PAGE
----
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HEALTH INFO - Depression
Many of us feel life gets us down at points in our lives, but with depression there feels like there is no way out, & what's more you often don't see that there is much point in getting out and moving on. Similarly some people suffer from S.A.D. (Seasonal Affective Disorder) in the winter or when there has been very little sunshine. Some people only suffer a milder version of this during December, January and February. Both disorders can leave a person feeling helpless & without any inner strength to ask for help when they need it most. Some people don't even realise they are depressed, but feel more than usually overwhelmed, finding even the smallest of everyday niggles getting them down, leaving them tired and irritable. Thankfully there are some ways of counteracting some of the symptoms of S.A.D. or Depression without having to reach for the Prozac. However, if you have been diagnosed with any type of depression, it is best to let your GP know of any courses of treatment or action you undertake, & of any remedies or supplements you might take in order that your progress can be monitored & so you can receive the right support.
-Try keeping a diary or marking on a calendar to record your moods. Also make a note of the weather that day. That way you can see if there is a correlation between the weather /season and your moods, & decide whether you have depression or S.A.D.
Try some of the following for a happier, healthier life.
-It is often hard to motivate yourself, but it is essential that you get out into the fresh air and get some natural sun/day light. Aim to do this every day, but force yourself to do it as often as possible; any natural daylight is better than none, & you will feel better afterwards. The reason for this is that sunlight helps us produce vitamin D, which is difficult to get in your diet & supplements have proven to be largely ineffective. We need to stock up on vitamin D on sunny days during the summer, & as often as possible in the winter when we get them.
-Special lights are available for people who suffer with acute forms of S.A.D., but these are expensive & sometimes difficult to obtain on the N.H.S.. However, many good art shops sell daylight bulbs for about £5 to £6. These are designed for artists who want to work into the wee, small hours, but still want the benefit of natural light to paint under. They can lift a mood & give you more energy. Try one & notice how quickly you become sleepy after you turn it off in the evening.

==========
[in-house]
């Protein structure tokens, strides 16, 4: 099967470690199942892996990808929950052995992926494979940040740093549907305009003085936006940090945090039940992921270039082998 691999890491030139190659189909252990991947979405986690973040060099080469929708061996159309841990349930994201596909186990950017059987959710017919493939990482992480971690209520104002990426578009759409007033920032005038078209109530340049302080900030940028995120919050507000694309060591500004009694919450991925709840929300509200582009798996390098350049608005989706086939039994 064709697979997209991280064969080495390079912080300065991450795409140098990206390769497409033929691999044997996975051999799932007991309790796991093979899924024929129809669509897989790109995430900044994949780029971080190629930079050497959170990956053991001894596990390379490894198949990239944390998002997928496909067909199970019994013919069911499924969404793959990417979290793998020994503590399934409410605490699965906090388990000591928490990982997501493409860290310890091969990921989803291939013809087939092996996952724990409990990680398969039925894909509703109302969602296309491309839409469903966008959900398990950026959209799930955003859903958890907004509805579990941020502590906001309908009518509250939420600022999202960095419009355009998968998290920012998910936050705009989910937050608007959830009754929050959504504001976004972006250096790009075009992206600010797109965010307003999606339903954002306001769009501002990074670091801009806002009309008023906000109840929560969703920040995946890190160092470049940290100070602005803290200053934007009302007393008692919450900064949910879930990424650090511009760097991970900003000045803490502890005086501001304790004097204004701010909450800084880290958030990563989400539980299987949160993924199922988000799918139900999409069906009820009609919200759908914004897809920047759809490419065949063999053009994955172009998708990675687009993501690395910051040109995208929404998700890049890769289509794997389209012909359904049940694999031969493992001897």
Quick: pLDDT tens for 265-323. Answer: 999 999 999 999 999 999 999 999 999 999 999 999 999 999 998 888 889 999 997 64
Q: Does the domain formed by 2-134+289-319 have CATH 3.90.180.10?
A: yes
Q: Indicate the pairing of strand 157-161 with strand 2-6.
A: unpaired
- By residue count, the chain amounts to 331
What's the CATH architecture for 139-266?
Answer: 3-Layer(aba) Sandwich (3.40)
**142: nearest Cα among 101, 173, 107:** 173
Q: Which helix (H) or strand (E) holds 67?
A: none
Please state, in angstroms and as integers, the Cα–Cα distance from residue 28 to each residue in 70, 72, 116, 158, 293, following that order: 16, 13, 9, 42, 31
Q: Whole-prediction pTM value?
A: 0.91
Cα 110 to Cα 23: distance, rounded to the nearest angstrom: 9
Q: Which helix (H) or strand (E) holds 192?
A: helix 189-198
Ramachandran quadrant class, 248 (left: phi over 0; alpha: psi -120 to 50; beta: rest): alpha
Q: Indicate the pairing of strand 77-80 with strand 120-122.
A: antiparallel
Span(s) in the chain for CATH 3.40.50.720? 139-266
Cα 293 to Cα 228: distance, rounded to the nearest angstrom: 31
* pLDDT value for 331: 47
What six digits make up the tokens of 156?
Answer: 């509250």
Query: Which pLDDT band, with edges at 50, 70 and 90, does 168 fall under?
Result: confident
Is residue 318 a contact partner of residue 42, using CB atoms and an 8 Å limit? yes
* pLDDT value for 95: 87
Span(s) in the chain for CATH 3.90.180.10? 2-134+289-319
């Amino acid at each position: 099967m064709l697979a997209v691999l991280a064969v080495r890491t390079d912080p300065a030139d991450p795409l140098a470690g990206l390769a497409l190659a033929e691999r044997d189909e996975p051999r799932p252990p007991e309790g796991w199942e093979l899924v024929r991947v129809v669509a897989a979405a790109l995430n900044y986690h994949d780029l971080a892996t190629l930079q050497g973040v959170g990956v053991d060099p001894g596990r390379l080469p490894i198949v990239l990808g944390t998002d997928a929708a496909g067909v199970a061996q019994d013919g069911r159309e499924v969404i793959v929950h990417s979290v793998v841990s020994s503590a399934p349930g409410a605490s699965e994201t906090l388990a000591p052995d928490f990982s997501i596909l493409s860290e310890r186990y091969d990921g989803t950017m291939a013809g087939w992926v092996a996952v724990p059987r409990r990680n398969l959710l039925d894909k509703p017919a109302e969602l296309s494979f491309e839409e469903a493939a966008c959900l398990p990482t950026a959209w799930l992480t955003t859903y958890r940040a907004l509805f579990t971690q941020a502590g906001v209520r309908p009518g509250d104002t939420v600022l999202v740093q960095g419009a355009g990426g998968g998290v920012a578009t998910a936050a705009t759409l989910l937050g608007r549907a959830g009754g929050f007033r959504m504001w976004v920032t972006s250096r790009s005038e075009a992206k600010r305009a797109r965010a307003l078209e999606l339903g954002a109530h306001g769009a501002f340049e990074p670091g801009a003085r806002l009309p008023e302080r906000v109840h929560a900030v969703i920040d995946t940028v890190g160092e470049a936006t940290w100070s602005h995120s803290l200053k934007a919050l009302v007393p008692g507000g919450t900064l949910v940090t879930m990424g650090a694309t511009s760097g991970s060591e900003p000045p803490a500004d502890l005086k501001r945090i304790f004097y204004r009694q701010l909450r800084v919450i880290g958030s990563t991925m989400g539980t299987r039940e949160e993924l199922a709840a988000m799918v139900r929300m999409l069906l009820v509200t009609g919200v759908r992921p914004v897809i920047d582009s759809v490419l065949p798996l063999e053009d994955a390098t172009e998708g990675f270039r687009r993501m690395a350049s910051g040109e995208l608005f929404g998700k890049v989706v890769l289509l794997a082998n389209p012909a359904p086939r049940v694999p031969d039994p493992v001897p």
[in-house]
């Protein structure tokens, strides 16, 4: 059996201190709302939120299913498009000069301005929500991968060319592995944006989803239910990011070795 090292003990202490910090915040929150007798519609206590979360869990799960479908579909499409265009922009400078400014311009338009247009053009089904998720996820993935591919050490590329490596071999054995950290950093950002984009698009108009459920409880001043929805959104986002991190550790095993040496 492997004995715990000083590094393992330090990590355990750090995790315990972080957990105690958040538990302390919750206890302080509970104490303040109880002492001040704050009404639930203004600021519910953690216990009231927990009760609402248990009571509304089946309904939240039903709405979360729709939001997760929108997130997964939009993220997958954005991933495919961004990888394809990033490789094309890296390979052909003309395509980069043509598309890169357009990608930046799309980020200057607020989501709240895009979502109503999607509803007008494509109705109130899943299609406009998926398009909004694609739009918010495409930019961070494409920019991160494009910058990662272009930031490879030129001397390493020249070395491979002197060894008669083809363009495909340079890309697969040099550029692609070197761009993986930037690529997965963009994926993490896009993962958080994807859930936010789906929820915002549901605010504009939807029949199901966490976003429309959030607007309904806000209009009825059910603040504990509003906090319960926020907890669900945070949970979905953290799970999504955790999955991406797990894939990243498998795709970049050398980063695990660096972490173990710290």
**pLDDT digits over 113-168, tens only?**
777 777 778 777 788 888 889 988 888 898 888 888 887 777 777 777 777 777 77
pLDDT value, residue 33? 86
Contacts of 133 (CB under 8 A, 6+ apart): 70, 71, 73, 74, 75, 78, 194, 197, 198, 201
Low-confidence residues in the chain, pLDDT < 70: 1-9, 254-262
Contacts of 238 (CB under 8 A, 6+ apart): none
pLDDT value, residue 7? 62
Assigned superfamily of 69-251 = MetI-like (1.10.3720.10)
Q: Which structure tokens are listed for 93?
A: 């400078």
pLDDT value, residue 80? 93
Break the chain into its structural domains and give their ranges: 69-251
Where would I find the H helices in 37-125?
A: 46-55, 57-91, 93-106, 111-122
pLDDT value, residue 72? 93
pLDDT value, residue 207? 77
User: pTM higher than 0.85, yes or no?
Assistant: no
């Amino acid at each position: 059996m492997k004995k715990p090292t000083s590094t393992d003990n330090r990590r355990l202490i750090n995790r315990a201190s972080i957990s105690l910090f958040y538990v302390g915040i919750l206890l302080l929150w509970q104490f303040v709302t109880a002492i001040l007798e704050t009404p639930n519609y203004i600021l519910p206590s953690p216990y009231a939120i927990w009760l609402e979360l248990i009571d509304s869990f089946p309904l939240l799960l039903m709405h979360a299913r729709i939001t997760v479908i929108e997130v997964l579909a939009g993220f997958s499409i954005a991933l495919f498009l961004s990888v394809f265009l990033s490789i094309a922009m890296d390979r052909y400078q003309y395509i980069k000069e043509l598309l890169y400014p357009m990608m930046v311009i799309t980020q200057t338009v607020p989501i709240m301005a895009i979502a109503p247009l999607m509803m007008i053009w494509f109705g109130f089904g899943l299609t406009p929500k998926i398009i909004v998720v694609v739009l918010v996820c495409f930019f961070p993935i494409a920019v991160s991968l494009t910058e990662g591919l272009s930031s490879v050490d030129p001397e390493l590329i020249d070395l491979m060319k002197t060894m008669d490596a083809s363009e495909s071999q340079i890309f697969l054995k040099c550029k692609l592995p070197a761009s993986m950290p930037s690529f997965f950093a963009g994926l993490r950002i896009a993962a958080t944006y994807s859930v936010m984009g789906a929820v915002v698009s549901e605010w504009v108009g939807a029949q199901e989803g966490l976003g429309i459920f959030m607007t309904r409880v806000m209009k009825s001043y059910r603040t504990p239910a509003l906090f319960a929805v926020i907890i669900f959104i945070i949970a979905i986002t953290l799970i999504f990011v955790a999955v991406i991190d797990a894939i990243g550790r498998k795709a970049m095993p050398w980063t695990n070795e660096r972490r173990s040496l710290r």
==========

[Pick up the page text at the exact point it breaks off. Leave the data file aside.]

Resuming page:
-Sitting in a light room near a window can also help S.A.D sufferers.
-Get yourself down to a beach or fast running water to get a regular intake of negative ions. These combat the positive ions which may be produced by computers. This is supposed to ease some depression if it is caused by an overload of positive ions.
-Although exercise is probably the last thing you want to do, if you can bring yourself to doing an easy routine regularly, it will give you more energy. Just 1-3 times a week for 5-20 minutes will help. Try some simple stretches. Sports, running, dancing, cycling, brisk walks help you produce endorphins making you feel better. Give yourself an incentive, get it out the way early in the day like I do, & start off with little steps, i.e. don't dive in the deep end & set yourself up to fail. It took me weeks to build up to a routine that suited me, & years to enrol in a Pilates class, after trying yoga first.
-Avoid too many sweets, sugars, chocolate, fizzy drinks, tea/coffee (&other caffeine drinks), processed & junk foods. They give you false short bursts of energy, leaving craving more & usually in a worse slump, often a sign of the sugar blues. This is why you often crave another cup or sugar hit 20-30minutes after you had your last one.
-Try eating more vegetables, wholegrains, seeds, nuts, turkey, fruit (especially bananas), to increase energy levels for longer. It's also good to vary your grains, i.e. not pasta all the time which can sap your energy. Try oatcakes, ricecakes, corncakes & ryvitas as alternatives to sandwiches. There are also a variety of pastas made from corn (nice!) & rice.